LOS ANGELES (August 31, 2009)—Roberta Reardon, National President of the American Federation of Television and Radio Artists, issued this statement today commending a decision by the United States Army to cease its plans to vet journalists covering the military’s operations in Afghanistan:
“We welcome the decision by the United States Army to abandon its plans to pre-screen journalists reporting the news from Afghanistan,” said Roberta Reardon, National President of AFTRA. “This is a victory, both for the individual professional journalists whose job it is to investigate and report the facts without pressure or influence from the military, and for the American public who rely on a free press and quality journalism for their news and information. We believe the military should focus on keeping journalists safe in war-torn areas rather than profiling them to ensure sympathetic reporting on its actions. Accurate, responsible and quality news coverage is critical to a free and democratic society so it is necessary that the conditions in which news is gathered also be free and democratic.”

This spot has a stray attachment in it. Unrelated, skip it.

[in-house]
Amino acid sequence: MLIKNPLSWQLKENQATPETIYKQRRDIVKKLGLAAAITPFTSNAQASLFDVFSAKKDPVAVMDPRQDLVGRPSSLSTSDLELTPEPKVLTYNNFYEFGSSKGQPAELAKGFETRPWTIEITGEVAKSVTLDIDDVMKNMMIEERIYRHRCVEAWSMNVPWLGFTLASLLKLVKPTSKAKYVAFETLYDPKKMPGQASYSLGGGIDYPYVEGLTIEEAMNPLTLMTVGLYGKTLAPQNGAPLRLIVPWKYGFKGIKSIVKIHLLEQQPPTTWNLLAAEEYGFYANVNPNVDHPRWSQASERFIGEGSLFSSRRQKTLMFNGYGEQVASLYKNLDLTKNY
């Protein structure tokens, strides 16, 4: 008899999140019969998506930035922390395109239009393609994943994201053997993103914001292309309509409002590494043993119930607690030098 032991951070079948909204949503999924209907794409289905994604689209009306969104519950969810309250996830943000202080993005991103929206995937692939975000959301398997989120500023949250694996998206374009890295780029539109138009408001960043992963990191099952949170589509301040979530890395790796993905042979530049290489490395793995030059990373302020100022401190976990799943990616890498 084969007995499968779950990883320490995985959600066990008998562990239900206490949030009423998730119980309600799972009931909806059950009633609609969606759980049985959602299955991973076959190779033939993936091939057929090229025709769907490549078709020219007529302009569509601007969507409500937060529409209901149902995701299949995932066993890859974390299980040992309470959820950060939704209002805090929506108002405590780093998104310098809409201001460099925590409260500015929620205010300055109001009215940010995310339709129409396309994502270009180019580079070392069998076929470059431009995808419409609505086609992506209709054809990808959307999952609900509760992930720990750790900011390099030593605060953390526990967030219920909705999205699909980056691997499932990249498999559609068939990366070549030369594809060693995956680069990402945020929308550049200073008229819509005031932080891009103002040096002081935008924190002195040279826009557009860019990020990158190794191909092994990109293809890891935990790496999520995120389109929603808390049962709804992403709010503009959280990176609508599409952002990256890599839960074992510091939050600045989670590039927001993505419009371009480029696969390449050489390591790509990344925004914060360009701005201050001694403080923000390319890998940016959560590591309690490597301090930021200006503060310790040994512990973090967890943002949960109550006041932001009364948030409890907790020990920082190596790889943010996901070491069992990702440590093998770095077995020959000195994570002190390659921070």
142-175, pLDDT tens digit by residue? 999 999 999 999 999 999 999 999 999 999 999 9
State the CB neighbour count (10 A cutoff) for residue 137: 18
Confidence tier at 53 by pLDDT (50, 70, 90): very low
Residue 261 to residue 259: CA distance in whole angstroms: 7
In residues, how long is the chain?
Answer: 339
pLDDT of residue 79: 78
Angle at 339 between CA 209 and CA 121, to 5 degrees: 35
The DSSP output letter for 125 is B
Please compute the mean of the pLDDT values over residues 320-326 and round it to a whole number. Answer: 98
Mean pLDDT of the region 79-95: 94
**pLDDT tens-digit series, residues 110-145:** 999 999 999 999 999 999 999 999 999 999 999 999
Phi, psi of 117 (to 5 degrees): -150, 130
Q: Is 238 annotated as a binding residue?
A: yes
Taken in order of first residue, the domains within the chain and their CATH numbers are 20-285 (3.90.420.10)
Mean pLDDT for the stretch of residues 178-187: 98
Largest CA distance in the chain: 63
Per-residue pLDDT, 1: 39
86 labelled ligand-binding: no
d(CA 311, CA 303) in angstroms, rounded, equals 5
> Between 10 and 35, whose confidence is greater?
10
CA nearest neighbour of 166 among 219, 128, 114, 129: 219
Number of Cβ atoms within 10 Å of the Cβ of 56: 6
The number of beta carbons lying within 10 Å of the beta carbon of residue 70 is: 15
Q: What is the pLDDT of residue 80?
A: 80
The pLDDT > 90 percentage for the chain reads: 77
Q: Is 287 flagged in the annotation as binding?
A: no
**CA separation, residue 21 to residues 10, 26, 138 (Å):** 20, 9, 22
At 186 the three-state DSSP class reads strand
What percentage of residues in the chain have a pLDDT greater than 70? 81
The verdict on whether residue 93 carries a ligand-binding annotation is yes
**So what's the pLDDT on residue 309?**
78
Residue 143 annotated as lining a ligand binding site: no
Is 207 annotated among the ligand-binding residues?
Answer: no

AFTRA and the IFJ and its affiliates in the United States, including The Newspaper Guild-CWA, last week criticized a $1.5 million contract for The Rendon Group, a controversial public relations firm, hired to screen journalists applying to be embedded with U.S. troops in Afghanistan.
The PR contract was first uncovered last week by the independent military newspaper Stars and Stripes, a First Amendment publication operated from inside the Department of Defense. Stars and Stripes reported Monday the U.S. Army canceled the contract after coming under criticism for using the company to provide profiles of journalists and rating their reporting on the Afghanistan war according to whether it was "positive," "neutral" or "negative."